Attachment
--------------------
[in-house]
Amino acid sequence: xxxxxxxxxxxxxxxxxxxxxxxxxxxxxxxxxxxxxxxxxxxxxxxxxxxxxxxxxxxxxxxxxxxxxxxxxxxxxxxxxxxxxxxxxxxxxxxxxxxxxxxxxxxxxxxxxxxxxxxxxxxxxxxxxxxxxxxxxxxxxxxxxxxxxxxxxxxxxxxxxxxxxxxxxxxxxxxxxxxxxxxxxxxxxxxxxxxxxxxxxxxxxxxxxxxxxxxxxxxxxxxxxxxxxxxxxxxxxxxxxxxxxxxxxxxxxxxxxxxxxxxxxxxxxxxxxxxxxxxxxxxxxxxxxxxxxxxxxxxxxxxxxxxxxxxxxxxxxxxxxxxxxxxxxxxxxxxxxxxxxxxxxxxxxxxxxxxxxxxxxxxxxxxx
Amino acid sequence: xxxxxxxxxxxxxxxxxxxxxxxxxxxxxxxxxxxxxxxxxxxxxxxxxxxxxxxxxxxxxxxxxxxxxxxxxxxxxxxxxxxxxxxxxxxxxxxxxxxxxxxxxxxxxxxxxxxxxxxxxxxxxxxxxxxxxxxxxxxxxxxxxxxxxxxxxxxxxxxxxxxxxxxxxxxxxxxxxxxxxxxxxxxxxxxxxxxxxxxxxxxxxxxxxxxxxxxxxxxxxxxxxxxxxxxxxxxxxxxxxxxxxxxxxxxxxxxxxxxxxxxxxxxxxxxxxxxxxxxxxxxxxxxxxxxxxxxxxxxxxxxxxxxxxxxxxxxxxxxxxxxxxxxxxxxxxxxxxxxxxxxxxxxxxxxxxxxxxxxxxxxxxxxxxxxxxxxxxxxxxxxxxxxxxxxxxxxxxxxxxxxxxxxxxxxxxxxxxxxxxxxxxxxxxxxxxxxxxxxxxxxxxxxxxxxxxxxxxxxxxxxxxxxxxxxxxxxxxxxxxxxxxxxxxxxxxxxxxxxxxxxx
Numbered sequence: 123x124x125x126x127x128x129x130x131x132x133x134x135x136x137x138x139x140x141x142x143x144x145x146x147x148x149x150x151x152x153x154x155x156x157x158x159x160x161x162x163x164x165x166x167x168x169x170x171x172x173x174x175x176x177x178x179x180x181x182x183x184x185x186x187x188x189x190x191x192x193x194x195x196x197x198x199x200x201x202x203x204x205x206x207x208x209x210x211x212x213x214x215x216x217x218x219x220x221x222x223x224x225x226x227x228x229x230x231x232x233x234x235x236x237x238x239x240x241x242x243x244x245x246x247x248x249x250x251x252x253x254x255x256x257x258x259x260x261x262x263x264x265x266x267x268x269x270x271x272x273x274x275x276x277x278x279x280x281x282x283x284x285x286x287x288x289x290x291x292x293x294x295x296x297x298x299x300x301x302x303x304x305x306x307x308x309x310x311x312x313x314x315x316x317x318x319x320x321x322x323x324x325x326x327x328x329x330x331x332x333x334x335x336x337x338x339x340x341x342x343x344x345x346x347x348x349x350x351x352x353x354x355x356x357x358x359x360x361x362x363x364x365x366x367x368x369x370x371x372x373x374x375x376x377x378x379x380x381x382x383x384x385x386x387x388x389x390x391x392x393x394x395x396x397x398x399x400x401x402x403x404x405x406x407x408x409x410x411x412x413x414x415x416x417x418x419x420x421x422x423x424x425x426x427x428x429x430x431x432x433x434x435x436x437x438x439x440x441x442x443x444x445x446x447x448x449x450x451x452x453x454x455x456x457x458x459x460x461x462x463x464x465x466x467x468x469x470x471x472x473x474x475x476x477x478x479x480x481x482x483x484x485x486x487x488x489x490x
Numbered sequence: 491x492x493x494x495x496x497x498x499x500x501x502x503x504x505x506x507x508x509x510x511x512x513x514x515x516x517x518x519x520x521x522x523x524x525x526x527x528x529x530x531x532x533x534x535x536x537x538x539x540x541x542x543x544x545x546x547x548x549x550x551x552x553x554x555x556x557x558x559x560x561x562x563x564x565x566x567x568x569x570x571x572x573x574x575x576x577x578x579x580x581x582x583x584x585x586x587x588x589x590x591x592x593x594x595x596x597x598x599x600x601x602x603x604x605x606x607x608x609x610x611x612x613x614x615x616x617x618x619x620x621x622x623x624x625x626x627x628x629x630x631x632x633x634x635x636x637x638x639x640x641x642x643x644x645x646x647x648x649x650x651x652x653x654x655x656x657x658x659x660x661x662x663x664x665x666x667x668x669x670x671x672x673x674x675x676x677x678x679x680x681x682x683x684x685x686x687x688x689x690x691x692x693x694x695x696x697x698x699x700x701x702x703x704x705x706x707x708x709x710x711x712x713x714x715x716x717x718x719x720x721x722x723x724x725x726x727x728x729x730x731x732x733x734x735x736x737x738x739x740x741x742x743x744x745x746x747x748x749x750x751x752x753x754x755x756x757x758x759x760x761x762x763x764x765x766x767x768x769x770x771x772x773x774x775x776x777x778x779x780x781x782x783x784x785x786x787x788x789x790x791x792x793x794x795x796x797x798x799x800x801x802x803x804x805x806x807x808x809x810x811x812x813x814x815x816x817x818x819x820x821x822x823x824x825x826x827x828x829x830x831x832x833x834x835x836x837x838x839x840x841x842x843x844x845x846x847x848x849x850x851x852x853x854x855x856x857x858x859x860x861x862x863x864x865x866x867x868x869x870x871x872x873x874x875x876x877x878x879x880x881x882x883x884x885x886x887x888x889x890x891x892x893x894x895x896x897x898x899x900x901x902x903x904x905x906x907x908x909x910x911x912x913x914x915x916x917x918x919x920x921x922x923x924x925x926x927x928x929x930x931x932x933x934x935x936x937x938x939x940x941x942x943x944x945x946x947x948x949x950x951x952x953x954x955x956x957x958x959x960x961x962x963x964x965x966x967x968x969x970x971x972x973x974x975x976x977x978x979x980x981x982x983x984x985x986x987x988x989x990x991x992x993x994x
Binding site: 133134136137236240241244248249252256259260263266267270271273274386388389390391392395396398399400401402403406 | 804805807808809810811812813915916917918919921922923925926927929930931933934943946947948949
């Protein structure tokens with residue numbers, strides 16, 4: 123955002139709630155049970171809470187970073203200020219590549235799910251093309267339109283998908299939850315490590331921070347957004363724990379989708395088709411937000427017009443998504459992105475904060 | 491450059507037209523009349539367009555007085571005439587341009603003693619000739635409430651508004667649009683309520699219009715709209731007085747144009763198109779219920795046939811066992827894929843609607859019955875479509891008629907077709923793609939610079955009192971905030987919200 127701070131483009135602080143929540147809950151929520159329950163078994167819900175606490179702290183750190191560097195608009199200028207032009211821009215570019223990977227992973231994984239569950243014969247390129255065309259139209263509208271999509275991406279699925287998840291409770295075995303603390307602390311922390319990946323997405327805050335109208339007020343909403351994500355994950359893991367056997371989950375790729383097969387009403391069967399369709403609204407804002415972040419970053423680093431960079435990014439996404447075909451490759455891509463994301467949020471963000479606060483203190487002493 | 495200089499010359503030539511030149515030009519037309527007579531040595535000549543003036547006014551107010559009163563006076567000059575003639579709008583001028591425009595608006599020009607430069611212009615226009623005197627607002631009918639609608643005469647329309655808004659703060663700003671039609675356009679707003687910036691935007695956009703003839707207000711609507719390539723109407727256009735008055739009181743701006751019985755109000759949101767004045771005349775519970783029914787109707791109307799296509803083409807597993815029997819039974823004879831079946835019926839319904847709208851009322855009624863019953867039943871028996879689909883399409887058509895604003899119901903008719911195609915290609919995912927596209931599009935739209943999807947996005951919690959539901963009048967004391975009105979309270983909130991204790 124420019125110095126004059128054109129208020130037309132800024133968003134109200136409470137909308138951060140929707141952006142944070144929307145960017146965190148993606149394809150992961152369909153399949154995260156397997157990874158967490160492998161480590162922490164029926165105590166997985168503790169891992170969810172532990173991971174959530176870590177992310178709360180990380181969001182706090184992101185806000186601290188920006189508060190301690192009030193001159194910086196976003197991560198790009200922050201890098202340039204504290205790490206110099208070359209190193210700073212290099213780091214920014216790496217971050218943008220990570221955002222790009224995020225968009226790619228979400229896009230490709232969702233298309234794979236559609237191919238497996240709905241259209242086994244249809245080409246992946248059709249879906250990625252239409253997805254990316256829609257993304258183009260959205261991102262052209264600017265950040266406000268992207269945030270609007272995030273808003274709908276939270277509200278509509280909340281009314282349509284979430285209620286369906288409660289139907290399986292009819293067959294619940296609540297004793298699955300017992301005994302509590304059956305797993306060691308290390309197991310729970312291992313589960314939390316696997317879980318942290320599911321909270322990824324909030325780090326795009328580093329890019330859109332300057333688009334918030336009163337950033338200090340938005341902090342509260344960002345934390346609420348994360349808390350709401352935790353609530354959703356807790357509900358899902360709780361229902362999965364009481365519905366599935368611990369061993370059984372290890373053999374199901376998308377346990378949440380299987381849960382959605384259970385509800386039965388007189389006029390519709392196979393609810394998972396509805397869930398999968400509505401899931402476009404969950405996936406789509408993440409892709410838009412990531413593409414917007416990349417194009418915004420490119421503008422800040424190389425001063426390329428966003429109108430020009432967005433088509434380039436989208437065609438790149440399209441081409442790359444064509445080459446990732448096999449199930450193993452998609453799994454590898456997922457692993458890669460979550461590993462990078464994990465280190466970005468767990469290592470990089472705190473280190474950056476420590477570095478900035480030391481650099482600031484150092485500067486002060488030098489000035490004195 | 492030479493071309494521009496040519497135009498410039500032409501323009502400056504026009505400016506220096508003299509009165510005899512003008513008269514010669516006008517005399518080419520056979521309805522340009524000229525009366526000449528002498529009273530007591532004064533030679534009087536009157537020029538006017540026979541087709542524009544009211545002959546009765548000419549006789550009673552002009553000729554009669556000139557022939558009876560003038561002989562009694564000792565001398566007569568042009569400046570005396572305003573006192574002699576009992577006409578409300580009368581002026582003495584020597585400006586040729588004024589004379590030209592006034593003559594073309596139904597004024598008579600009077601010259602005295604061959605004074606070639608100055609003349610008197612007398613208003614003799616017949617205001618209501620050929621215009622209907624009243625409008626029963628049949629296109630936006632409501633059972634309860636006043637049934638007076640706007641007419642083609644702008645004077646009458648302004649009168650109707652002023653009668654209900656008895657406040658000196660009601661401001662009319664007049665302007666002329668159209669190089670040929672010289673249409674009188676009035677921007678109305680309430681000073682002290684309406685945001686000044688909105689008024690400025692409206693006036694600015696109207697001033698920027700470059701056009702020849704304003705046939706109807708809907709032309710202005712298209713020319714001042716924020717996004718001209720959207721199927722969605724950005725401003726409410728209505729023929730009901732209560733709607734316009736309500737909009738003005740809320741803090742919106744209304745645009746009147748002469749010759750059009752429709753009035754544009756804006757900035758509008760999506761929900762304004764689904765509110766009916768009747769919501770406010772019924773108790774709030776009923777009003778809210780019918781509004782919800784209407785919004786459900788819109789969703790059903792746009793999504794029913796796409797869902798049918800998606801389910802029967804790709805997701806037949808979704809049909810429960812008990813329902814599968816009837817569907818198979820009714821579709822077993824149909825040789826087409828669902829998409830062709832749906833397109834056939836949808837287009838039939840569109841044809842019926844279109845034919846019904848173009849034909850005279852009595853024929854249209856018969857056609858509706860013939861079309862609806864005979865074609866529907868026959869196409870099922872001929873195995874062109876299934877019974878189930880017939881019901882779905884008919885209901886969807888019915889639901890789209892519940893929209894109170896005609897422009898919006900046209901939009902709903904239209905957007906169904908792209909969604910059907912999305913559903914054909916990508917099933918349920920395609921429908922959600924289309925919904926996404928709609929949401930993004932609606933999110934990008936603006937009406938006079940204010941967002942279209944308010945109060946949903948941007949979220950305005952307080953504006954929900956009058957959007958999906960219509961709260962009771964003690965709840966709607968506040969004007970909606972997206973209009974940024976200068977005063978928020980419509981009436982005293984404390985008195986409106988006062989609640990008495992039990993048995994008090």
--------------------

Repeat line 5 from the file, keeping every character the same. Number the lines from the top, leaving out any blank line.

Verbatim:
Numbered sequence: 491x492x493x494x495x496x497x498x499x500x501x502x503x504x505x506x507x508x509x510x511x512x513x514x515x516x517x518x519x520x521x522x523x524x525x526x527x528x529x530x531x532x533x534x535x536x537x538x539x540x541x542x543x544x545x546x547x548x549x550x551x552x553x554x555x556x557x558x559x560x561x562x563x564x565x566x567x568x569x570x571x572x573x574x575x576x577x578x579x580x581x582x583x584x585x586x587x588x589x590x591x592x593x594x595x596x597x598x599x600x601x602x603x604x605x606x607x608x609x610x611x612x613x614x615x616x617x618x619x620x621x622x623x624x625x626x627x628x629x630x631x632x633x634x635x636x637x638x639x640x641x642x643x644x645x646x647x648x649x650x651x652x653x654x655x656x657x658x659x660x661x662x663x664x665x666x667x668x669x670x671x672x673x674x675x676x677x678x679x680x681x682x683x684x685x686x687x688x689x690x691x692x693x694x695x696x697x698x699x700x701x702x703x704x705x706x707x708x709x710x711x712x713x714x715x716x717x718x719x720x721x722x723x724x725x726x727x728x729x730x731x732x733x734x735x736x737x738x739x740x741x742x743x744x745x746x747x748x749x750x751x752x753x754x755x756x757x758x759x760x761x762x763x764x765x766x767x768x769x770x771x772x773x774x775x776x777x778x779x780x781x782x783x784x785x786x787x788x789x790x791x792x793x794x795x796x797x798x799x800x801x802x803x804x805x806x807x808x809x810x811x812x813x814x815x816x817x818x819x820x821x822x823x824x825x826x827x828x829x830x831x832x833x834x835x836x837x838x839x840x841x842x843x844x845x846x847x848x849x850x851x852x853x854x855x856x857x858x859x860x861x862x863x864x865x866x867x868x869x870x871x872x873x874x875x876x877x878x879x880x881x882x883x884x885x886x887x888x889x890x891x892x893x894x895x896x897x898x899x900x901x902x903x904x905x906x907x908x909x910x911x912x913x914x915x916x917x918x919x920x921x922x923x924x925x926x927x928x929x930x931x932x933x934x935x936x937x938x939x940x941x942x943x944x945x946x947x948x949x950x951x952x953x954x955x956x957x958x959x960x961x962x963x964x965x966x967x968x969x970x971x972x973x974x975x976x977x978x979x980x981x982x983x984x985x986x987x988x989x990x991x992x993x994x